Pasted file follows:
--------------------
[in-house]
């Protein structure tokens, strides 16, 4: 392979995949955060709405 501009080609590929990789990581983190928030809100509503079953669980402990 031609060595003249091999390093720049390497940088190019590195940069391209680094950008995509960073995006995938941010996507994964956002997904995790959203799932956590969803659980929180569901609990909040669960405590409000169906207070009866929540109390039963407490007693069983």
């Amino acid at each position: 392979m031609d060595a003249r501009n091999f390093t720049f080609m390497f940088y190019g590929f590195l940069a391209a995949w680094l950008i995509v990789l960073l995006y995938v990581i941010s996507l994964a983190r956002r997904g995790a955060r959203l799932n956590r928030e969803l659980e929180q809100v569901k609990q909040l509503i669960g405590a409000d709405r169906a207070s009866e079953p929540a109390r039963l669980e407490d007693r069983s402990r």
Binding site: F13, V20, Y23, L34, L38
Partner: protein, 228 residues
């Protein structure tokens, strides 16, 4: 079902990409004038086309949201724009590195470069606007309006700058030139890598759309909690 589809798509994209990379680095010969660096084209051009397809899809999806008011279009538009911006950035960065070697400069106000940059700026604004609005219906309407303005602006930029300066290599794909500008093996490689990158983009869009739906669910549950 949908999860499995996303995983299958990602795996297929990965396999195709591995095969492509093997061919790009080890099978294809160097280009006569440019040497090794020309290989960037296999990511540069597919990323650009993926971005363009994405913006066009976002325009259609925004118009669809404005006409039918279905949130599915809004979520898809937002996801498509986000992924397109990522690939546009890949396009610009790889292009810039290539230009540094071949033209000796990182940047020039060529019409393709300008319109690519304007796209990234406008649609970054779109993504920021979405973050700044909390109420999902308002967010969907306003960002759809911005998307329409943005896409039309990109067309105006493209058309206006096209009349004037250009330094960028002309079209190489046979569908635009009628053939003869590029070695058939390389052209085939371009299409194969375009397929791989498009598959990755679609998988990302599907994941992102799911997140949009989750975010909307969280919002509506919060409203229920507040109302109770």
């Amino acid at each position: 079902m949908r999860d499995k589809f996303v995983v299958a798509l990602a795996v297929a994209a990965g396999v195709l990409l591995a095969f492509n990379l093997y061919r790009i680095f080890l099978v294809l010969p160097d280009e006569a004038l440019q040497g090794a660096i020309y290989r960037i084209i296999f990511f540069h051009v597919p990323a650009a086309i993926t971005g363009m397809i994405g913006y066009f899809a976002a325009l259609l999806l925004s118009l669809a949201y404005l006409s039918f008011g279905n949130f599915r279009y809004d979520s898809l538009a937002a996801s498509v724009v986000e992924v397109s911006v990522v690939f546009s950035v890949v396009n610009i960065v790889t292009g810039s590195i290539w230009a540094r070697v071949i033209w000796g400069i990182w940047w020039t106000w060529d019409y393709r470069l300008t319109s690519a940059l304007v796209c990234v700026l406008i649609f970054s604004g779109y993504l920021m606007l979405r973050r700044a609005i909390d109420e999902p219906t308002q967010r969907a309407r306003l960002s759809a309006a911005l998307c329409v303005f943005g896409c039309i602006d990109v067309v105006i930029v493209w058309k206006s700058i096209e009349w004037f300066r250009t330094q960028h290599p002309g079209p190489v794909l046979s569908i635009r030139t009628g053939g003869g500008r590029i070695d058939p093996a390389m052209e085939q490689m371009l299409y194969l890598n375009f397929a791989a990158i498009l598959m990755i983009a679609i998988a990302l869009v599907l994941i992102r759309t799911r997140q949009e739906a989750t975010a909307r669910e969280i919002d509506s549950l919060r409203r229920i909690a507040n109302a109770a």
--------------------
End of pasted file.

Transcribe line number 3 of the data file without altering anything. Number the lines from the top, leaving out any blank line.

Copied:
């Amino acid at each position: 392979m031609d060595a003249r501009n091999f390093t720049f080609m390497f940088y190019g590929f590195l940069a391209a995949w680094l950008i995509v990789l960073l995006y995938v990581i941010s996507l994964a983190r956002r997904g995790a955060r959203l799932n956590r928030e969803l659980e929180q809100v569901k609990q909040l509503i669960g405590a409000d709405r169906a207070s009866e079953p929540a109390r039963l669980e407490d007693r069983s402990r």